Edward N. Hines

Edward N. Hines.

Edward N. Hines (January 13, 1870 – June 4, 1938[1]) was a member of the Wayne County Road Commission (of Wayne County, Michigan), from 1906 to 1938.[2] A printer by trade,[3] he is one of the great innovators in road development.[4]


As a cyclist in 1890, Hines formed a Good Roads organization in Michigan which advocated for the development of county roads.[5] This led to the passage of the County Road Law in 1893,[6] and a change to Michigan's Constitution in 1894.[7] During this time, Hines was president of the Detroit Wheelmen cycling club,[8] chief consul of League of American Wheelmen's Michigan Division,[9] and vice-president of the League of American Wheelmen.[8]

Hines was appointed to the Wayne County Board of Roads at its inception in 1906, along with Henry Ford and Cassius R. Benton.[6] In 1909, Hines was responsible for the construction of the first full mile of concrete road pavement in the world, the stretch of Woodward Avenue between Six Mile Road and Seven Mile Road in Detroit.[4][5]

Hines originated the concept of painting a line down the center of a road to separate traffic in opposing directions.[10] The idea came to him after watching a leaky milk wagon leave a trail down the street.[5] Painted center lines were first used in 1911 on River Road in Trenton, in Wayne County.[2] This simple idea has since been recognized as one of the most important single traffic safety devices in the history of highway transportation.[4][5] Snow removal from public roads was another of Hines' innovations.[5]

Hines, along with William E. Metzger and others, formed the Detroit Automobile Club in 1916.[11] Hines was a national leader in the concept of landscaping highway rights-of-way. He was instrumental in movements to beautify highways by eliminating power lines and billboards.[12] In the 1920s, Hines was a leader in the movement to acquire land along the Huron River and the Rouge River for the purpose of converting them into parks.[13] In 1937, the Middle Rouge Parkway was renamed the Edward N. Hines Parkway, in his honor.[12]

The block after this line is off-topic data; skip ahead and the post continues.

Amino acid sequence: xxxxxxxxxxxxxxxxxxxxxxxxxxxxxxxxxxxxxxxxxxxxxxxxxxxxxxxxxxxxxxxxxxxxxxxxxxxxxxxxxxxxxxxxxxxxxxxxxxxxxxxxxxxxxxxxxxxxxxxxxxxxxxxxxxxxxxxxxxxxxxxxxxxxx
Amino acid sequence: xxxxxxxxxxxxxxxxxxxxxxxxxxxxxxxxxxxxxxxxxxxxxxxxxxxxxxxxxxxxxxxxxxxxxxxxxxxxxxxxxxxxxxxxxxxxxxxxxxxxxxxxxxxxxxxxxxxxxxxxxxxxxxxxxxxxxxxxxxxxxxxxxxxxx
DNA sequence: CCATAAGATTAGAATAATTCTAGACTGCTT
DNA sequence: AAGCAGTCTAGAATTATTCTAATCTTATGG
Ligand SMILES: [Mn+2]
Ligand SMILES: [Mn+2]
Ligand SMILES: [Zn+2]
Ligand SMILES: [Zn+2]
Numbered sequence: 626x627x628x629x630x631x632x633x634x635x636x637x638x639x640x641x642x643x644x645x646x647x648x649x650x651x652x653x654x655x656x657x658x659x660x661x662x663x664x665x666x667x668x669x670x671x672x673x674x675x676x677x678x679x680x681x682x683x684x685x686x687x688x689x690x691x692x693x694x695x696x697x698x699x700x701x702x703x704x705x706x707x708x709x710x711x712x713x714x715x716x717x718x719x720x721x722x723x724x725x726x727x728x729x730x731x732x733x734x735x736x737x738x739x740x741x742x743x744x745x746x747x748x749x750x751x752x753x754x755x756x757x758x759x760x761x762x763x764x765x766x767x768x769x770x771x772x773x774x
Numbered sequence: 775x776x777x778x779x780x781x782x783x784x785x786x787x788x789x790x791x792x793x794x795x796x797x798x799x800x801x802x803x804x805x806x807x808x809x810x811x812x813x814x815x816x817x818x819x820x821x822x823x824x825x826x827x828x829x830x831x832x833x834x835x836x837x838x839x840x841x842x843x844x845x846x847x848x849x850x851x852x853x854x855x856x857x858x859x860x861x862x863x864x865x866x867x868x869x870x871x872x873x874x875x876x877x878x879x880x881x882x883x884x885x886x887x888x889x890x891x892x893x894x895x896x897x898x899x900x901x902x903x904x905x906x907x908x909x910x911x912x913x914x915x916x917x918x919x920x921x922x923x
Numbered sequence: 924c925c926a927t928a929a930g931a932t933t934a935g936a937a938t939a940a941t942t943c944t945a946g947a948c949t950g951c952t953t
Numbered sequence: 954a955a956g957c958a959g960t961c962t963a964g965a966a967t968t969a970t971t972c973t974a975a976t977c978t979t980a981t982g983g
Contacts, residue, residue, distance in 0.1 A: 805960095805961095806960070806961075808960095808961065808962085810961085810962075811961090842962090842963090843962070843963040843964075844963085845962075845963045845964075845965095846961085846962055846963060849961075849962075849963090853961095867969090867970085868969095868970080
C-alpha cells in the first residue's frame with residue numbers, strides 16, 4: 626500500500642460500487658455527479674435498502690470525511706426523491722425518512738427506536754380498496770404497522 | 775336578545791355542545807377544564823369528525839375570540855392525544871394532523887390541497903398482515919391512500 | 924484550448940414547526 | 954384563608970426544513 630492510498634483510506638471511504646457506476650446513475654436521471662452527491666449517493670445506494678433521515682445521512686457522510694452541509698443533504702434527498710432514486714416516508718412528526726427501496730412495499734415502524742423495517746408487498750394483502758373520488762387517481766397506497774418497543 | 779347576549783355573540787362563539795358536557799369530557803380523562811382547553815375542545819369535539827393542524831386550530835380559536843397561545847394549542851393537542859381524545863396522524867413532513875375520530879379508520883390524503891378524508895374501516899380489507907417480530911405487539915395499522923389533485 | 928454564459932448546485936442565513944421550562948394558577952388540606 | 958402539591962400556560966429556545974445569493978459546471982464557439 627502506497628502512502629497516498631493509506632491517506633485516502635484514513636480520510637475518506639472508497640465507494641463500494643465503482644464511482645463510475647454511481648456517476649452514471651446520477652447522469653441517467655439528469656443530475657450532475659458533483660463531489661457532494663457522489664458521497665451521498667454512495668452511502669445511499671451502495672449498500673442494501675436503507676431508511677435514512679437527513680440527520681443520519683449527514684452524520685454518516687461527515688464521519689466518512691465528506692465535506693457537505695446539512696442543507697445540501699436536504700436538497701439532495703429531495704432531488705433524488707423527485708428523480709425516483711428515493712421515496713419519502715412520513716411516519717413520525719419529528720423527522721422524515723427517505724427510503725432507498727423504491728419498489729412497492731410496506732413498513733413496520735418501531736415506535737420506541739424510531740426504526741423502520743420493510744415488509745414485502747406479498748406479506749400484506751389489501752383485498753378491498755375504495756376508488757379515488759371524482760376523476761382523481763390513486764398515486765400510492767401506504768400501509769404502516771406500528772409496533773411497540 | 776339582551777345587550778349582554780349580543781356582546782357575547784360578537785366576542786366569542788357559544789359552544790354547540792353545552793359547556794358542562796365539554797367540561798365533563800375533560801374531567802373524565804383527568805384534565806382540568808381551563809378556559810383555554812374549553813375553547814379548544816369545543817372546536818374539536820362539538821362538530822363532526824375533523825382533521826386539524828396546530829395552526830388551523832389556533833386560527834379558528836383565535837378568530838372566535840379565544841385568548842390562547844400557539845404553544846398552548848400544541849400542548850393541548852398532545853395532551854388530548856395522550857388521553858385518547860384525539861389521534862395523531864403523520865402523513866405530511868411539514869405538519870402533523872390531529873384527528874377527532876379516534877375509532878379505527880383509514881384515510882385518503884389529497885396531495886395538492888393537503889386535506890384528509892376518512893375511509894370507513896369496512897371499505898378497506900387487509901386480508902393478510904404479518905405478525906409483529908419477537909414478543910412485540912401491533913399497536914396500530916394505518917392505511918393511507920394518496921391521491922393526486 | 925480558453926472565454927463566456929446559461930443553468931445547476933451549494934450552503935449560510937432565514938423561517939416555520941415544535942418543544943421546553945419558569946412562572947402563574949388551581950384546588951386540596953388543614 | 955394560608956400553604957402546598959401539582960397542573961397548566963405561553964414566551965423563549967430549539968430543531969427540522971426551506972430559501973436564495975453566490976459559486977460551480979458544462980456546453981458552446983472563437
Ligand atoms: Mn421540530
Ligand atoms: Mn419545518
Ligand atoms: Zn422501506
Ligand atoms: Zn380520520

Honors and recognitionEdit

  • In 1935, Hines was awarded the George S. Bartlett Award for outstanding contribution to highway progress.[14]
  • He was later inducted into the Michigan Transportation Hall of Honor in 1972.[15]
  • and in 2011, Hines received the Paul Mijksenaar Design for Function Award.[15]


  1. ^ "Hines, Good-Roads Pioneer Dies Unexpectedly in Home". Detroit Free Press. Jun 5, 1938. p. 1, 2. Retrieved July 17, 2018 – via Newspapers.com.  
  2. ^ a b "Inventor of Highway Centerline Receives International Honor". MLive. Booth Newspapers. November 3, 2011. Retrieved July 17, 2018.
  3. ^ Thurtell, Joel (April 3, 1986). "A Park—and a Plan". Detroit Free Press (Wayne/Washtenaw ed.). p. 1A. Retrieved July 17, 2018 – via Newspapers.com.  
  4. ^ a b c Michigan Department of Transportation (n.d.). "Edward N. Hines (1870–1938)". History & Culture. Michigan Department of Transportation. Retrieved July 17, 2018.
  5. ^ a b c d e Robinson, John (April 3, 2016). "Michigan Hero: Edward N. Hines (1870–1938)". East Lansing, MI: WFMK-FM. Retrieved July 17, 2018.
  6. ^ a b Garrett, Bob (February 18, 2015). "Legacy of the Wayne County Road Commission". Seeking Michigan. Archives of Michigan. Retrieved July 17, 2018.
  7. ^ "Bicyclists Don't Pay Their Share of Road Taxes". m-bike.org. October 18, 2011. Retrieved July 17, 2018.
  8. ^ a b Laskow, Sarah (November 5, 2014). "Thank Cyclists, Not Drivers, for Early Road Improvements". The Atlantic. Retrieved July 17, 2018.
  9. ^ "Detroit's Edward Hines: Cyclist and Road Doctor". m-bike.org. November 4, 2011. Retrieved July 17, 2018.
  10. ^ Kulsea, Bill & Shawver, Tom (1980). Making Michigan Move: A History of Michigan Highways and the Michigan Department of Transportation. Lansing: Michigan Department of Transportation. p. 10. OCLC 8169232.
  11. ^ Burton, Clarence Monroe (1922). The City of Detroit, Michigan, 1701–1922. S. J. Clarke. p. 131.
  12. ^ a b Nolan, Jenny (April 6, 1996). "The Sunday Drive". Michigan History. The Detroit News. Retrieved July 17, 2018.
  13. ^ Michigan Department of Transportation (n.d.). "Hines Dr. / Old M-14". History & Culture. Michigan Department of Transportation. Retrieved July 17, 2018.
  14. ^ National Academies of Sciences, Engineering, and Medicine. "George S. Bartlett Award". National Academies of Sciences, Engineering, and Medicine. Retrieved July 17, 2018.
  15. ^ a b Boyle, Johanna (November 7, 2011). "State Inventor of Ubiquitous Centerline Honored". The Mining Journal. Marquette, MI. pp. 1A, 6A. ISSN 0898-4964. Archived from the original on December 24, 2013. Retrieved April 17, 2012.

External linksEdit